An Empirical Examination of U.S. Dollar Swap Spreads
Bernadette A. Minton
Ohio State University (OSU) - Department of Finance
The structure of a plain vanilla interest rate swap is such that its cash flows can be replicated by a portfolio of two bonds or by a portfolio of short-term interest rate futures contracts. Swap pricing, therefore, should be closely related to the pricing of these underlying instruments. This paper estimates the determinants of U.S. dollar swap spreads to test whether the pricing relationships between swaps, bonds and futures hold. Swap spreads are positively related to interest rate volatility and the corporate quality spread, and negatively related to the term spread and level of the interest rate. Short-term over-the-counter swap rates are highly correlated with swap rates calculated using Eurodollar futures prices. While exchange-traded implied swap spreads are statistically related to yield curve factors, they are not related to corporate quality spreads. Overall, the results in this paper suggest that swaps are not equivalent to portfolios of bonds or futures contracts due in part to the differences in the credit risk in each instrument.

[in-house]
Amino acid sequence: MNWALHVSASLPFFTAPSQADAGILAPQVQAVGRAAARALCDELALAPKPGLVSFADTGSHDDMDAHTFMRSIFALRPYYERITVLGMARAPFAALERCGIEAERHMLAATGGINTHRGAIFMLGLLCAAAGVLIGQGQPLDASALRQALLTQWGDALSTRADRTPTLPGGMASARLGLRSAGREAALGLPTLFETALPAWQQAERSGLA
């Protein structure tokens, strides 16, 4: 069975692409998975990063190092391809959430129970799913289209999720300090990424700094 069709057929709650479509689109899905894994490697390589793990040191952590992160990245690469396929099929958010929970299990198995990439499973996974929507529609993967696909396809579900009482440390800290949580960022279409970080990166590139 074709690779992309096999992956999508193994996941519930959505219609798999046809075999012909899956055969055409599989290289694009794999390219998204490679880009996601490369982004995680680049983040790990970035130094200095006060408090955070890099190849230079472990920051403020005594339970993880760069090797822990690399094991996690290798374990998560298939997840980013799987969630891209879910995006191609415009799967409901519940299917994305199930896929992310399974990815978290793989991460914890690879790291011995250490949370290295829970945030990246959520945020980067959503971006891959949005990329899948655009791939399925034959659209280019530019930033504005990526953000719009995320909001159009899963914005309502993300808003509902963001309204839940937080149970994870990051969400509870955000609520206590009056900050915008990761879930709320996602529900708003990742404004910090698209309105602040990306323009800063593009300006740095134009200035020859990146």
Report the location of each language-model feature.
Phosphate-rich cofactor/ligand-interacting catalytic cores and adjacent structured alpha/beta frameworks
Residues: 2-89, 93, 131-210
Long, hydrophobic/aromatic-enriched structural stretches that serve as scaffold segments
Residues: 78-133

JEL Classification: G10working papers series
Date posted: July 23, 1999
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